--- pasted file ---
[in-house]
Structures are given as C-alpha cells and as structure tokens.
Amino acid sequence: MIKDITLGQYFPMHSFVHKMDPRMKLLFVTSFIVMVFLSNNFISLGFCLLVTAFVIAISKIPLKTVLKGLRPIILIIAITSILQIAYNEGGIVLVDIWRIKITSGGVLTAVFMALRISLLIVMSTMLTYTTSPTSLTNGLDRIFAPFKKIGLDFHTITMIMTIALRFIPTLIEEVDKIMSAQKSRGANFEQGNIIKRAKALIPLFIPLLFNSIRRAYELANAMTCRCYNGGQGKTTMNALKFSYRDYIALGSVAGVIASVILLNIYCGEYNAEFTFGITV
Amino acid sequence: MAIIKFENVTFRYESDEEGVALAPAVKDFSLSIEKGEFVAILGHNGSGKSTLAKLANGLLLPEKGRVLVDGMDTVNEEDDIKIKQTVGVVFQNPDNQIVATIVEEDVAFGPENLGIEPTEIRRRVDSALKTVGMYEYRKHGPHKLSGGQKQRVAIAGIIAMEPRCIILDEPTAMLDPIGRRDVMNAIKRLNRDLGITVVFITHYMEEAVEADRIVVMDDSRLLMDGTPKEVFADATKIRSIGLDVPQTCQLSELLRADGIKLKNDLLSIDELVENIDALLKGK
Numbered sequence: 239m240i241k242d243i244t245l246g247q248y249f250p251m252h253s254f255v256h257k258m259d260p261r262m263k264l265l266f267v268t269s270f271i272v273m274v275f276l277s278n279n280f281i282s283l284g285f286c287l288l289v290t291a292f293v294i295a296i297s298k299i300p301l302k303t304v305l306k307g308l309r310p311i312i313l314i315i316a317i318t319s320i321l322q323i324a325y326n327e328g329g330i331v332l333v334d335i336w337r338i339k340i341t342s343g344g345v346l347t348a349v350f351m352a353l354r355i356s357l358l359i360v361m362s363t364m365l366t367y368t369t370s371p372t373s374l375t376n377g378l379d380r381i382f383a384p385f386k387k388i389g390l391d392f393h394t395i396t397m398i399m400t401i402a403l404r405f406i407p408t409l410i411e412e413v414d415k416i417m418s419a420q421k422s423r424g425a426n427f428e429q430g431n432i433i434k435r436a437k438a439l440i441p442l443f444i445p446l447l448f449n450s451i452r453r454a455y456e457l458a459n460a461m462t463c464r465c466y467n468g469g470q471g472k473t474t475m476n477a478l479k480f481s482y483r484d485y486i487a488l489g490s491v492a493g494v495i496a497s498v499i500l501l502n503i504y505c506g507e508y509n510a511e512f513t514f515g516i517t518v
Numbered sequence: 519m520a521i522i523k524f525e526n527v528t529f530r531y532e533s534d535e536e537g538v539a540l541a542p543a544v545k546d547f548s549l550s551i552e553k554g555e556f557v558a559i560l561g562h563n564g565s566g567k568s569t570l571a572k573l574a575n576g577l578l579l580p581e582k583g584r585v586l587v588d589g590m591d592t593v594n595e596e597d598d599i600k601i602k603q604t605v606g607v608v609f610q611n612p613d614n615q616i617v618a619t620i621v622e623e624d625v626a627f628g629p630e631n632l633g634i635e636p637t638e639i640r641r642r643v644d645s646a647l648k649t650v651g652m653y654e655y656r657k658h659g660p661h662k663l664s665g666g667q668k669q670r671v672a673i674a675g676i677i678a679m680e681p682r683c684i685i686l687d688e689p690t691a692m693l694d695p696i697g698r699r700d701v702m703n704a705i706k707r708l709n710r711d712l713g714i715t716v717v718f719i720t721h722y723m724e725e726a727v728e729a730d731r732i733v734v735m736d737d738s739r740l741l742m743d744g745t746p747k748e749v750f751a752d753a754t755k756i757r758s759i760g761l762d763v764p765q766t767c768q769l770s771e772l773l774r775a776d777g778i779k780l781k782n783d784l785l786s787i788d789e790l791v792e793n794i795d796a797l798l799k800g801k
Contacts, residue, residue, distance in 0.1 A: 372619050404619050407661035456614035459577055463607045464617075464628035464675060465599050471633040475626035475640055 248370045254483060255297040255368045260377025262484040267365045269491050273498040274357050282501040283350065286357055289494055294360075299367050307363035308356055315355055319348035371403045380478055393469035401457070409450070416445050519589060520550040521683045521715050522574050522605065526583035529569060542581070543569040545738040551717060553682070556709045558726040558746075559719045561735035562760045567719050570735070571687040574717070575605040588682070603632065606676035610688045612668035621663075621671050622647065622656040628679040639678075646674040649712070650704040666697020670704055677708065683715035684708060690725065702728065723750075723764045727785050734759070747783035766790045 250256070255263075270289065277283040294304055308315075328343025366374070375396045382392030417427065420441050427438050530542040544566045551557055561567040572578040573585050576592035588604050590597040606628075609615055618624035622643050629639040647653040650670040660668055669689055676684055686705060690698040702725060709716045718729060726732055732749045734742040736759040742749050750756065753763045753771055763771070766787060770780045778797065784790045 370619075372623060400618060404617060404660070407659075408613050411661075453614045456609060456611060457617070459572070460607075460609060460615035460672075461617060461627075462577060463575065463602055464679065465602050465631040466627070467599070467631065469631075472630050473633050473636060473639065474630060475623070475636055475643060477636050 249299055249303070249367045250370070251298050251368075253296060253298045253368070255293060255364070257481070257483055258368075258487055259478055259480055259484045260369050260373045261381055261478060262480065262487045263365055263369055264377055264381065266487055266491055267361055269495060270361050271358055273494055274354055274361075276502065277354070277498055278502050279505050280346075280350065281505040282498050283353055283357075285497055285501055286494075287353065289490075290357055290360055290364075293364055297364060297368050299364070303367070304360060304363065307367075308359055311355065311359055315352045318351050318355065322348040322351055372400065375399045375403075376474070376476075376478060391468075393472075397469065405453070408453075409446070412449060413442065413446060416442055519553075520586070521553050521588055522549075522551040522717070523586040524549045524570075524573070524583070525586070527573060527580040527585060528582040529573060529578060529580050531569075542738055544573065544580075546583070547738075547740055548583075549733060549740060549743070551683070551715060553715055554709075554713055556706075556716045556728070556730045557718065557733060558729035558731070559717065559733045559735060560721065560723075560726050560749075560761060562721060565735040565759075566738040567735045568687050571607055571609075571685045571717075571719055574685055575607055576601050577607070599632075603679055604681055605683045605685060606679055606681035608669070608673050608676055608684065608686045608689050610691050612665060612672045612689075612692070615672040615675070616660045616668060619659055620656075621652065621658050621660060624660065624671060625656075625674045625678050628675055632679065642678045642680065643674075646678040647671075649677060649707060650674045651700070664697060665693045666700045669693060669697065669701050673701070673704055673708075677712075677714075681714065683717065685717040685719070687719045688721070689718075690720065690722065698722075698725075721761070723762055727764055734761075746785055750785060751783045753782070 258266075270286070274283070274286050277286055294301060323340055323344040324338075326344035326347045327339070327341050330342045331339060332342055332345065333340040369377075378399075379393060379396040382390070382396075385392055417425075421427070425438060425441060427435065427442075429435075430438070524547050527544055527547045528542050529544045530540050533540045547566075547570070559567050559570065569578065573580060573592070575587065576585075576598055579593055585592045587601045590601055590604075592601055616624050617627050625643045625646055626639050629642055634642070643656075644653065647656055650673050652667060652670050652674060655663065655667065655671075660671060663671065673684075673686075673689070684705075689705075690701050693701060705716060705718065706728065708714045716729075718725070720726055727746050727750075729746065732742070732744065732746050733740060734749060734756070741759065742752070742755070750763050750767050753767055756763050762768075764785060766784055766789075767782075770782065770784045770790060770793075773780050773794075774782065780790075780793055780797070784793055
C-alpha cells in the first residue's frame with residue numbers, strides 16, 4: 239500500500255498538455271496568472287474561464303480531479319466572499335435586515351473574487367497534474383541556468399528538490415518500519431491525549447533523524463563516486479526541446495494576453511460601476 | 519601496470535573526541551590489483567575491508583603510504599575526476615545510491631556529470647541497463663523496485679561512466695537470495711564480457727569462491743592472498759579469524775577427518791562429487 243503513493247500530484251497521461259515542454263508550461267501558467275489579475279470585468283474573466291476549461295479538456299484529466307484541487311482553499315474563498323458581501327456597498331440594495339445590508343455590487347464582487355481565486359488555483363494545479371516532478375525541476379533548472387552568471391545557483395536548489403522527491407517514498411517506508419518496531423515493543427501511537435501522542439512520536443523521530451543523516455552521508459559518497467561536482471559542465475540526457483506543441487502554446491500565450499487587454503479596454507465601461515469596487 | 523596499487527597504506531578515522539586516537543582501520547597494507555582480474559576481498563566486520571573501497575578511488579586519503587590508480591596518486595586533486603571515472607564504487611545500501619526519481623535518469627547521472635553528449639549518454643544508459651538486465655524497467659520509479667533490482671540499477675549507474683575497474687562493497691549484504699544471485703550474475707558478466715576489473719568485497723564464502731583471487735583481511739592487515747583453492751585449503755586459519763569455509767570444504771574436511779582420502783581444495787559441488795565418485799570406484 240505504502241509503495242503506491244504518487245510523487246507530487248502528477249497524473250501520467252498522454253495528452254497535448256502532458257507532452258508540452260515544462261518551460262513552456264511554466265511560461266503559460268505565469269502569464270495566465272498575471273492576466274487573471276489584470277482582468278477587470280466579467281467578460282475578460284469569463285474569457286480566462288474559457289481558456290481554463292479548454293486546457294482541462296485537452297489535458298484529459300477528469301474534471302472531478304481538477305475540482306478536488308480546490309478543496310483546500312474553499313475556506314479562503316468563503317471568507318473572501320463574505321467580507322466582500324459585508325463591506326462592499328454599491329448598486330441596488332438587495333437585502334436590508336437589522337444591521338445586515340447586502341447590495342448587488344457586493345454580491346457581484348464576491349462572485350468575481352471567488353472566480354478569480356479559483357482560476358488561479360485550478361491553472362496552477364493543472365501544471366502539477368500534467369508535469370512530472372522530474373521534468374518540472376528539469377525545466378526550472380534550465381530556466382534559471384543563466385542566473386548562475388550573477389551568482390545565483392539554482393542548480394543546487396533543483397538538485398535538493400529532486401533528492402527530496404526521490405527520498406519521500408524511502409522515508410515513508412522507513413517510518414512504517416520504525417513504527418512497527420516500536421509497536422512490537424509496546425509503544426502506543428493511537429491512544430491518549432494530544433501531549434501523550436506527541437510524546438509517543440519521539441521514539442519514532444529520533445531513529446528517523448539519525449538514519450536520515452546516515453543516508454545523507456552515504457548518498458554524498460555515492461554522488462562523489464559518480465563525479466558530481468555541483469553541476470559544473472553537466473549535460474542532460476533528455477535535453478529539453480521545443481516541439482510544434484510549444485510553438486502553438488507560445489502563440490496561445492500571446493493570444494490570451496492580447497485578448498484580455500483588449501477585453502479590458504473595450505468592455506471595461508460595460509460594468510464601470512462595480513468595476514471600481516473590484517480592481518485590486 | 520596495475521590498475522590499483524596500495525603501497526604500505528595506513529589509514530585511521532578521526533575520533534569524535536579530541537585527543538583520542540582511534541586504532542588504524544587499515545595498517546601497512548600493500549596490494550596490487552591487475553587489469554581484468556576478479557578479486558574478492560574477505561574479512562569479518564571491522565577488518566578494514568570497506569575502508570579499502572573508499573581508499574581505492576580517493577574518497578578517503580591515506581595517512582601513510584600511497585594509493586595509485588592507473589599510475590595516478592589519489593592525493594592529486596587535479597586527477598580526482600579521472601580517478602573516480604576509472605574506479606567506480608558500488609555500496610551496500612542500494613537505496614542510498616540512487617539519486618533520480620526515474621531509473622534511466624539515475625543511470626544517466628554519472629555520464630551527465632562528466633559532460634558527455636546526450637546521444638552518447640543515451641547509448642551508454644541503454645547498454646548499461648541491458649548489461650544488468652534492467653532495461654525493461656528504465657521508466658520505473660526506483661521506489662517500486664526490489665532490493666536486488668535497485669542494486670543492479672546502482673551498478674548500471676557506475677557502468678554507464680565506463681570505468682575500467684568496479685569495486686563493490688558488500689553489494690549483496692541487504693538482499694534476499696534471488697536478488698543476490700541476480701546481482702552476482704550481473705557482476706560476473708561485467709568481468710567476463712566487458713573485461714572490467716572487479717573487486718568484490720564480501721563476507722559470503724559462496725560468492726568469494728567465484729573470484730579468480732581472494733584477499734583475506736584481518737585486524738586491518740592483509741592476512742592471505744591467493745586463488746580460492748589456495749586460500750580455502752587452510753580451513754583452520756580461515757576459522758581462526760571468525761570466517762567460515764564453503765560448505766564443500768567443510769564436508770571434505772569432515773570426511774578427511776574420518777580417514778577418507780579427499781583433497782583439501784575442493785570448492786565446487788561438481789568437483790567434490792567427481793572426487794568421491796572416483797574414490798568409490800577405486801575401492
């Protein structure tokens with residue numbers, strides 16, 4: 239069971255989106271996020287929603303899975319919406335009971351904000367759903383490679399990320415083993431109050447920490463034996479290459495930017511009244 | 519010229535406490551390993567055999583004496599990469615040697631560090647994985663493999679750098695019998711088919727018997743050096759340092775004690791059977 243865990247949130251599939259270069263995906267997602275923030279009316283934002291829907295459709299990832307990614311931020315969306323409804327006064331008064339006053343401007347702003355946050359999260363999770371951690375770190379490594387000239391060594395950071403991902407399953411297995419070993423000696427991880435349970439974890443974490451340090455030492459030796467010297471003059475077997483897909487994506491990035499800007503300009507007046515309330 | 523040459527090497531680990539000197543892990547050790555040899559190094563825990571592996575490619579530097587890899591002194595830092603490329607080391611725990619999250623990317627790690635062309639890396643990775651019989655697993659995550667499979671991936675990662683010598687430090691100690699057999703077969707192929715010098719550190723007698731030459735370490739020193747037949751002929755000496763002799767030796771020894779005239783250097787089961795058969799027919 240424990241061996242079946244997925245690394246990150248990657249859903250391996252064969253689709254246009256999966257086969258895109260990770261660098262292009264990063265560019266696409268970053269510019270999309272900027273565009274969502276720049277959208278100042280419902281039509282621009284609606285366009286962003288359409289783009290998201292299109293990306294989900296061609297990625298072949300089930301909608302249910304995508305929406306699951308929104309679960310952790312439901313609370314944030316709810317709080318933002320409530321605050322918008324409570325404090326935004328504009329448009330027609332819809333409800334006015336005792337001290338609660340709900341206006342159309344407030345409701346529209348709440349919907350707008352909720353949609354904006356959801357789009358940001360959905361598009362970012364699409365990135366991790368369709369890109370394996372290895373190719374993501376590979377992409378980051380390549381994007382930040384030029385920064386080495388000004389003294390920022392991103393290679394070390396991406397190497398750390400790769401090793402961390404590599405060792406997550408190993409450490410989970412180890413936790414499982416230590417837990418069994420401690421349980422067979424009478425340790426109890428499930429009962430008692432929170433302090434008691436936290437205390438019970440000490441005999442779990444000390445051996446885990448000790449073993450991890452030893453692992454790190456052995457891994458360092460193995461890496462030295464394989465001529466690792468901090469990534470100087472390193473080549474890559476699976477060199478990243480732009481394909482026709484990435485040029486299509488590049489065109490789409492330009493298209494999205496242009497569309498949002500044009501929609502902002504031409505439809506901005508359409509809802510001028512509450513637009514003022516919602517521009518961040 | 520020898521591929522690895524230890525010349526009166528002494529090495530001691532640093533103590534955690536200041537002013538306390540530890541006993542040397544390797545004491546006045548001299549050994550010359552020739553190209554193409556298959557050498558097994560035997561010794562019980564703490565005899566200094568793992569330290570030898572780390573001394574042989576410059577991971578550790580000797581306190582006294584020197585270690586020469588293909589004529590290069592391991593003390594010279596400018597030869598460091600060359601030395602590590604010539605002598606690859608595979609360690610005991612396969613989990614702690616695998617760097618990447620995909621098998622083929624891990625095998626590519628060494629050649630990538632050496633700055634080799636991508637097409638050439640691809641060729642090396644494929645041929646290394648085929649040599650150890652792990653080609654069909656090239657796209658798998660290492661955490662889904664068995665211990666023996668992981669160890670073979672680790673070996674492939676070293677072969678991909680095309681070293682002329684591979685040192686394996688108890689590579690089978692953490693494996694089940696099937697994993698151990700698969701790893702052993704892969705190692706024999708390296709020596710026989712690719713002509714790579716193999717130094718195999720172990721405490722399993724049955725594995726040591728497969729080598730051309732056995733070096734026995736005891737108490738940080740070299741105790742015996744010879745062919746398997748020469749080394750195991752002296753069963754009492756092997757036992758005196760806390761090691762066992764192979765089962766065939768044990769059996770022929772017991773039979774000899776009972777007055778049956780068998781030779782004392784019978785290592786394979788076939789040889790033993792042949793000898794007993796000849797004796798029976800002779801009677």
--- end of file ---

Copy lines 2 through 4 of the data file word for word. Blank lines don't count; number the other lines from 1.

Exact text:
Structures are given as C-alpha cells and as structure tokens.
Amino acid sequence: MIKDITLGQYFPMHSFVHKMDPRMKLLFVTSFIVMVFLSNNFISLGFCLLVTAFVIAISKIPLKTVLKGLRPIILIIAITSILQIAYNEGGIVLVDIWRIKITSGGVLTAVFMALRISLLIVMSTMLTYTTSPTSLTNGLDRIFAPFKKIGLDFHTITMIMTIALRFIPTLIEEVDKIMSAQKSRGANFEQGNIIKRAKALIPLFIPLLFNSIRRAYELANAMTCRCYNGGQGKTTMNALKFSYRDYIALGSVAGVIASVILLNIYCGEYNAEFTFGITV
Amino acid sequence: MAIIKFENVTFRYESDEEGVALAPAVKDFSLSIEKGEFVAILGHNGSGKSTLAKLANGLLLPEKGRVLVDGMDTVNEEDDIKIKQTVGVVFQNPDNQIVATIVEEDVAFGPENLGIEPTEIRRRVDSALKTVGMYEYRKHGPHKLSGGQKQRVAIAGIIAMEPRCIILDEPTAMLDPIGRRDVMNAIKRLNRDLGITVVFITHYMEEAVEADRIVVMDDSRLLMDGTPKEVFADATKIRSIGLDVPQTCQLSELLRADGIKLKNDLLSIDELVENIDALLKGK